is this more a footprint issue, than perf?
Boris, should this bug be considered or should we close it? (for background, I was pinged about the status of this bug on Twitter ;) )
Up to the people actually familiar with our font subsystem. See comment 6.
Thanks Boris, Jonathan any opinion about this bug?
I don't really see the point and/or optimization leading to have 500+ fonts opened all the time, knowing that you will use maybe 10 or them. It is a waste of resources.
I did a bit of tracing here. This appears to be caused by behavior that is internal to the macOS font system, and not something we can readily control. In order to fully support localized font family names (e.g. the family named "Heiti TC" in English also has several other names, "黑體-繁", "黒体-繁", "Heiti-번체", "黑体-繁"), as required by the CSS Fonts spec, we do not simply recognize the single family name returned by an API like CTFontManagerCopyAvailableFontFamilyNames(), we iterate over the available fonts (in the background, shortly after startup), loading the 'name' table of each font and checking for the presence of localized names. It seems that when we use CTFontCopyTable() to load the 'name' table, the Core Text font system (or maybe underlying Core Graphics code) opens the font file. And even though we subsequently CFRelease the font object we created, the file is not closed. What I'm guessing happens is that just calling CTFontManagerCopyAvailableFontFamilyNames doesn't need to open font files, because the system has already cached the list; but once we explicitly instantiate a given font (in order to access its 'name' table), the system opens the file, and then doesn't close it (even though we release the font) until the process terminates. Subsequently, we also cache CGFont references in the MacOSFontEntry for each face (I think this happens on first use of the face), which might also serve to hold font files open. However, AFAICS it looks like even if we were to avoid caching these (which is what I was thinking of in comment 6), this won't actually result in the files being closed.  "Some font formats allow fonts to carry multiple localizations of the family name. User agents must recognize and correctly match all of these names independent of the underlying platform localization, system API used or document encoding." https://drafts.csswg.org/css-fonts-3/#font-family-prop
IMO, unless there is evidence that the open font files are in fact causing problems (e.g. causing something to fail or perform poorly because some kind of resource is exhausted), there's nothing to do here. I suppose the "problem" would largely go away if, for example, we were to save all the info about the available fonts -- including localized names, etc. -- in the startupCache instead of querying the fonts themselves; we've talked at times about doing that kind of thing. It could be tricky to get reliably right, though, given the various ways in which the collection of available fonts may change (both through manual installation/removal of files and via system APIs that activate/deactivate font resources).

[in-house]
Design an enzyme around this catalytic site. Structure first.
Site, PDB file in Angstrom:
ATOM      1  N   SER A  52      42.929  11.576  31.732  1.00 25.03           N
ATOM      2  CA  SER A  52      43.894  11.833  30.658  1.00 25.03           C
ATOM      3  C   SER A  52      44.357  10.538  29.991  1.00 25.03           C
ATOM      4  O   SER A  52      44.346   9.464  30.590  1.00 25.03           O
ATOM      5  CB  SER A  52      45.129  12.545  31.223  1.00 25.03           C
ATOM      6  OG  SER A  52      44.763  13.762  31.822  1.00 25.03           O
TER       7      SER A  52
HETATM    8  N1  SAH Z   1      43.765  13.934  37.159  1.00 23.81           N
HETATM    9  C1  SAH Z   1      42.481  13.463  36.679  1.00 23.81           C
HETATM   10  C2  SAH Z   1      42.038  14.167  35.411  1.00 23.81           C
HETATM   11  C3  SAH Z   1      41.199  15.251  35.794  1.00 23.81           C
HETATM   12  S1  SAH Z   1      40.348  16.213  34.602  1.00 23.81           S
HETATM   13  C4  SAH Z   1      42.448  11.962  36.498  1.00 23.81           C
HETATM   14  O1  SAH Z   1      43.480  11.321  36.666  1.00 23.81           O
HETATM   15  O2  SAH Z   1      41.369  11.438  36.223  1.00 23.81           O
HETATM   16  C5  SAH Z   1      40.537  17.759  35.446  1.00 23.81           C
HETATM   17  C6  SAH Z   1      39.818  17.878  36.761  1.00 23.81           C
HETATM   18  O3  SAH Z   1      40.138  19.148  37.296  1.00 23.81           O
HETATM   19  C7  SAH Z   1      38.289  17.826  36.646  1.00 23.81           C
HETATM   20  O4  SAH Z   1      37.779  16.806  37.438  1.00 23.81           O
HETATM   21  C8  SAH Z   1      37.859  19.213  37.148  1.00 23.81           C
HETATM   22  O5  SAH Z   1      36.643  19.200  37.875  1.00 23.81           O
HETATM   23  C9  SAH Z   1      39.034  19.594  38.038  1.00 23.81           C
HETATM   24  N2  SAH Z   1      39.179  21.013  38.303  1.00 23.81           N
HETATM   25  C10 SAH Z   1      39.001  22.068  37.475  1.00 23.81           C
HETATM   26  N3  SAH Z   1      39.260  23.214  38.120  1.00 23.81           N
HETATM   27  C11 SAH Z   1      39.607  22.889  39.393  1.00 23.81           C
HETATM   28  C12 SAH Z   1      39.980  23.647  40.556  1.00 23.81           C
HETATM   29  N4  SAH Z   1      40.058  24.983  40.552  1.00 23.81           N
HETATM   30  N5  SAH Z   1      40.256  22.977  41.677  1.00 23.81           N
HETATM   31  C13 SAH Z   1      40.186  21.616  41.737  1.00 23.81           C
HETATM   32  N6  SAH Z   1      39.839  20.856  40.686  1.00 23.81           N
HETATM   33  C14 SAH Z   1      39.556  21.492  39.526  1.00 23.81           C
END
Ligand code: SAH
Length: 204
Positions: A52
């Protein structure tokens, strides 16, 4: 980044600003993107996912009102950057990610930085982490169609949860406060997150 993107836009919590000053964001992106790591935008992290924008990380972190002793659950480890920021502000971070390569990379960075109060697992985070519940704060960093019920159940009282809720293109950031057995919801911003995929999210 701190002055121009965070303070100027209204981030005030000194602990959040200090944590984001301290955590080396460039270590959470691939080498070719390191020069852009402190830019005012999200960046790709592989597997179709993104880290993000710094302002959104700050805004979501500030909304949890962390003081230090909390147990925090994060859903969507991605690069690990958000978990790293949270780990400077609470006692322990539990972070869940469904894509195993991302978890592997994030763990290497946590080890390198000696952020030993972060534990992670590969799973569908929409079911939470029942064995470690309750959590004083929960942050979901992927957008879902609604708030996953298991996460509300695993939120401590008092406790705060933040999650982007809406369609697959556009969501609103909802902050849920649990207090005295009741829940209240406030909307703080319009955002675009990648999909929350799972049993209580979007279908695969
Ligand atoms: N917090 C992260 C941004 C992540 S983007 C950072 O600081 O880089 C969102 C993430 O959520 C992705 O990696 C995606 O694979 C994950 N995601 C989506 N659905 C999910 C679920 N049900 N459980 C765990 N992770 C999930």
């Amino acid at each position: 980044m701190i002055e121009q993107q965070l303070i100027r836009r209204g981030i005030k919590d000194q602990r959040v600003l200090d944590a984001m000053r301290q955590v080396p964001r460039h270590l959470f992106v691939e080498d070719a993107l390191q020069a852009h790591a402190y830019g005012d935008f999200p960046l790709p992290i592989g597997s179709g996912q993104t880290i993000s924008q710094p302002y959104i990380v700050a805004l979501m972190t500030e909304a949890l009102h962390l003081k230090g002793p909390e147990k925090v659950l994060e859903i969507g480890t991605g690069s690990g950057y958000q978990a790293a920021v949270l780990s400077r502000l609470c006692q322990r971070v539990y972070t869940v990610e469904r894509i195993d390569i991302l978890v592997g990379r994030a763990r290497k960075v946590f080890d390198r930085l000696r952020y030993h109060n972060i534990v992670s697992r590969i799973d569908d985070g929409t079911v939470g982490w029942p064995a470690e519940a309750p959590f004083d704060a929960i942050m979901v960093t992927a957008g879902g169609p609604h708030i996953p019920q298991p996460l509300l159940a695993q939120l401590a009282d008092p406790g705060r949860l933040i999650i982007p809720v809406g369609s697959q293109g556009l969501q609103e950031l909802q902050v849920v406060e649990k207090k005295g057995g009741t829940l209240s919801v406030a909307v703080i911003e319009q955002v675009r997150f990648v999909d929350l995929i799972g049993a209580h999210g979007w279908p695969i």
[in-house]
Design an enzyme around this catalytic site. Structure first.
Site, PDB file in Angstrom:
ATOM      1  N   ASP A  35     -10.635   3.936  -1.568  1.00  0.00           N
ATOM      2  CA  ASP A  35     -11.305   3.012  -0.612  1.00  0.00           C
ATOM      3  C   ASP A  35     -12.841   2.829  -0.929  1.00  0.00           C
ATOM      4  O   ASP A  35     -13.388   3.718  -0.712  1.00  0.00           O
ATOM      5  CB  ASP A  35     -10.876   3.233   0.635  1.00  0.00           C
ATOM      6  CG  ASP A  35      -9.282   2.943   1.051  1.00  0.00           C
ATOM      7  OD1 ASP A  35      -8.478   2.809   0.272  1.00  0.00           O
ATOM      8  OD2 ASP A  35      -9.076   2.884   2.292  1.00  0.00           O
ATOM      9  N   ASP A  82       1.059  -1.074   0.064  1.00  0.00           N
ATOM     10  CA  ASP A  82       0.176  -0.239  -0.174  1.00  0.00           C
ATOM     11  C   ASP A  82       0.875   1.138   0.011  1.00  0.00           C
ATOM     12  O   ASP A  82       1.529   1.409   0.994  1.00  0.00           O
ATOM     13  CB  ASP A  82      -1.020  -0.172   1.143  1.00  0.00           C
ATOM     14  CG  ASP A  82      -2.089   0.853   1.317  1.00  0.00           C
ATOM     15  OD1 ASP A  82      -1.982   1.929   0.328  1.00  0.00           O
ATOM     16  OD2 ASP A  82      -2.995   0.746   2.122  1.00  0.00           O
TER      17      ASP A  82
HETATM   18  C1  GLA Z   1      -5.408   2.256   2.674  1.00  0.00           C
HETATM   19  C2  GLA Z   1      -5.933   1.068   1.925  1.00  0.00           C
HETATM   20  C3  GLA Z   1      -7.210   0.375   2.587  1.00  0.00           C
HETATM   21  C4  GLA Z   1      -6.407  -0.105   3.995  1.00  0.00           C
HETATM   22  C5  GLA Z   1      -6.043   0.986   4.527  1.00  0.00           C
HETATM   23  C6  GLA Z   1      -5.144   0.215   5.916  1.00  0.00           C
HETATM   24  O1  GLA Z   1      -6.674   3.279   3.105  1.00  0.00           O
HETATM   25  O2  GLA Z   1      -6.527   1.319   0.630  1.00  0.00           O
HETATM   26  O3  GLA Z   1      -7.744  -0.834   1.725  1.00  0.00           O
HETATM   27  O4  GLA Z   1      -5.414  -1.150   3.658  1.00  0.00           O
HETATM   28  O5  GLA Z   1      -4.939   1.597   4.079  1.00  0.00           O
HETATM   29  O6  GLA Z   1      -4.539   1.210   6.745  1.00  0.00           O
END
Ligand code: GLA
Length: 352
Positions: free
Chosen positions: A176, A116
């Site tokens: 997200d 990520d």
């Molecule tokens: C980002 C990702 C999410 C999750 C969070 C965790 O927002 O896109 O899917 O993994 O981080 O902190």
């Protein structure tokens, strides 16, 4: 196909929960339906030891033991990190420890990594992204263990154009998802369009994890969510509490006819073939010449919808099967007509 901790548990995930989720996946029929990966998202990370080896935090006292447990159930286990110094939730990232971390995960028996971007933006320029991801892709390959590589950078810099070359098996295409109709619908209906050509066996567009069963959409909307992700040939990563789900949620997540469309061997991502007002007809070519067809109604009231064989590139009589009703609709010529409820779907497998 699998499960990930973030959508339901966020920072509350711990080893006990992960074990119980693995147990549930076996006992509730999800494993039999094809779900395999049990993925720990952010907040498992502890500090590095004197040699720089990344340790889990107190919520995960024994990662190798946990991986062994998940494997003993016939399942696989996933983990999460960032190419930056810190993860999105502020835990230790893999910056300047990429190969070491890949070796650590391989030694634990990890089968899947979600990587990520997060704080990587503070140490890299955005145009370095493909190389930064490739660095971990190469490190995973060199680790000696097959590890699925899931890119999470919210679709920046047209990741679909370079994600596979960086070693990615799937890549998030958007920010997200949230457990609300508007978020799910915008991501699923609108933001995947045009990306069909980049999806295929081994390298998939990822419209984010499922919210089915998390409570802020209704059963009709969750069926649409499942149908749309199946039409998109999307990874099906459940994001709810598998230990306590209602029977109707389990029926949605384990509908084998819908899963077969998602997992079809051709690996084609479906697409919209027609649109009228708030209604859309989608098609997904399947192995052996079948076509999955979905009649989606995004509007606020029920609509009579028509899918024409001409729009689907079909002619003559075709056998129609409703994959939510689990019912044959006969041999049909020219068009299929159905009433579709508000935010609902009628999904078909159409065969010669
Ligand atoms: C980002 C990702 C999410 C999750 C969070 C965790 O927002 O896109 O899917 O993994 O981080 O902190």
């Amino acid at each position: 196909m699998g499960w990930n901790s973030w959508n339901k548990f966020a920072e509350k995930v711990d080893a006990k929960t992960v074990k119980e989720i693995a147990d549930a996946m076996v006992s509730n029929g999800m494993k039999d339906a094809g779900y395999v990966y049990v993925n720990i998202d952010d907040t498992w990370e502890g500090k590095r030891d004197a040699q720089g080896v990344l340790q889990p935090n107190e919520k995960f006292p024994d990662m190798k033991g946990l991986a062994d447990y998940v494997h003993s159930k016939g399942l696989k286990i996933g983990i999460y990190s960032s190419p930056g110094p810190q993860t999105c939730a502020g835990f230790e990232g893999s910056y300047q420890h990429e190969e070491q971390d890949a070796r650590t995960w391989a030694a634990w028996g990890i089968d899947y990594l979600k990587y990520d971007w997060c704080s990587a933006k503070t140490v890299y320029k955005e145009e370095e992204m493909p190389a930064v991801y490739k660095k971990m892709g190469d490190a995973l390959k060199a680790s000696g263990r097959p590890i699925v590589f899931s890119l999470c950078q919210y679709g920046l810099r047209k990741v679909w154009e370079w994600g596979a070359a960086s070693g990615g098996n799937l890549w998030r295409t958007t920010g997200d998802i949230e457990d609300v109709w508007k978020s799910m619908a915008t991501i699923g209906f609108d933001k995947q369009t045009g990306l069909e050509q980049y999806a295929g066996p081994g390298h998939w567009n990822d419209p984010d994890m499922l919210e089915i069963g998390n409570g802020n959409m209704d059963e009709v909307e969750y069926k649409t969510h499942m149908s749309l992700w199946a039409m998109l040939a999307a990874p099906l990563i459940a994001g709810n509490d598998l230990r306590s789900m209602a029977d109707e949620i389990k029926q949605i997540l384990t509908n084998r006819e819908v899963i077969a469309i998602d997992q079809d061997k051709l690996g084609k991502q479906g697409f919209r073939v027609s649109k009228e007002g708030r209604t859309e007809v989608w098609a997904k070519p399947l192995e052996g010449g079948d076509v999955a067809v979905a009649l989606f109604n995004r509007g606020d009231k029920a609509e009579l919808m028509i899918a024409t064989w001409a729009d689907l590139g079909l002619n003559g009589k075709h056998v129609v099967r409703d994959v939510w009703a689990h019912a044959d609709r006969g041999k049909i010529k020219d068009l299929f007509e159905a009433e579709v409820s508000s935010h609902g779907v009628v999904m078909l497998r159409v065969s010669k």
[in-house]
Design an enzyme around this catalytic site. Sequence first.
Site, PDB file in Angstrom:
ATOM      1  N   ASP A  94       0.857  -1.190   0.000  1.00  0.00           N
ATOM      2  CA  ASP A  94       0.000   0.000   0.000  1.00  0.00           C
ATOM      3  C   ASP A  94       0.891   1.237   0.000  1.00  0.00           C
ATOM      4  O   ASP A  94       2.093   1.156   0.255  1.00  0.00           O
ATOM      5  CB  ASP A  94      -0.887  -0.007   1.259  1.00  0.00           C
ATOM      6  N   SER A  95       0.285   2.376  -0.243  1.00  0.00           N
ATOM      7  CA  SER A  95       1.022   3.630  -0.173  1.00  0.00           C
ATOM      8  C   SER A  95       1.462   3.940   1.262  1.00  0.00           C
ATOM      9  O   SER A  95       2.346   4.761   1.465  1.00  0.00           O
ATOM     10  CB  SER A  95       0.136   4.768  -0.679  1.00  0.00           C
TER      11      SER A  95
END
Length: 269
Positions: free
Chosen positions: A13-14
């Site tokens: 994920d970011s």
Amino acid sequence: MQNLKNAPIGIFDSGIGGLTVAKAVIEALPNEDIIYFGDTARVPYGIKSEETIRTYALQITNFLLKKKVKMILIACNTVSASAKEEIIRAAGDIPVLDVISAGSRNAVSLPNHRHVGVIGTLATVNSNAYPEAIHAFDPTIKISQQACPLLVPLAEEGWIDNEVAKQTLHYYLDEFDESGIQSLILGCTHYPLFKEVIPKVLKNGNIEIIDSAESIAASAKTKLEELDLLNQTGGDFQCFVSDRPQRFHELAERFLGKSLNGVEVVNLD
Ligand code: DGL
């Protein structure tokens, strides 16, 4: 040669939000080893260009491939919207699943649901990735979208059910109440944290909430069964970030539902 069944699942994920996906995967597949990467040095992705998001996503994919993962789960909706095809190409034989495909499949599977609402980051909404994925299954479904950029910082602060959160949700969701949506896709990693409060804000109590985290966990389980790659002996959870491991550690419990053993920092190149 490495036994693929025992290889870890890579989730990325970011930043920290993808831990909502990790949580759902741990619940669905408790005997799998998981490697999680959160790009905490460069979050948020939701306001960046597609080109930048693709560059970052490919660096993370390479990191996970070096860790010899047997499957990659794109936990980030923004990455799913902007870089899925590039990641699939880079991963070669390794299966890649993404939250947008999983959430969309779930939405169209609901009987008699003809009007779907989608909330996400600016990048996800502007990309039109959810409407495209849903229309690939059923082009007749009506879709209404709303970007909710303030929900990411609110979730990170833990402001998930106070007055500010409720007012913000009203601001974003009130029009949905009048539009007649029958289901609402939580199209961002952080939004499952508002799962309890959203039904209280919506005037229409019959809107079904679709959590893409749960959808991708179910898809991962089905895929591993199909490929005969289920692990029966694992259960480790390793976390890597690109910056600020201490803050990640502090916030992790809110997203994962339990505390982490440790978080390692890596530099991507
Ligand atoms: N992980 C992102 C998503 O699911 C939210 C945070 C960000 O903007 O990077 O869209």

Jonathan, do you know offhand whether Chrome supports localized family names?
(In reply to Boris Zbarsky [:bz] (still a bit busy) from comment #16) > Jonathan, do you know offhand whether Chrome supports localized family names? It doesn't appear to, at least on macOS: data:text/html;charset=utf-8,<div style="font:36px %E9%BB%91%E9%AB%94-%E7%B9%81, monospace">foo bar displays "foo bar" in the default monospaced font using Chrome, whereas it correctly uses the Heiti TC font (which has distinctive Avant Garde-like Latin letters) in Firefox.
OK, well, that explains why Chrome has fewer open file descriptors, in spite of the CoreText behavior. ;)
Safari, on the other hand, does seem to recognize some localized names, though not all of them. E.g. for Heiti TC (a font targeted at Traditional Chinese), it accepts the Trad Chinese name, but not the Japanese or Korean ones; for Songti SC (targeted at Simplified Chinese), it accepts the Simplified Chinese name but not the Traditional variant. I'm guessing this may be based on Cocoa behavior, where NSFontManager (or something) may have loaded localized names for certain fonts/locales. (I believe IE accepted localized font names on Windows, too -- possibly depending on the OS locale setting -- but I'm not on my Windows machine just now to confirm that, and I don't know if Edge behaves the same as old IE versions in this regard. But my recollection is that certain Windows CJK fonts were commonly referred to using localized names in CSS found in the wild.)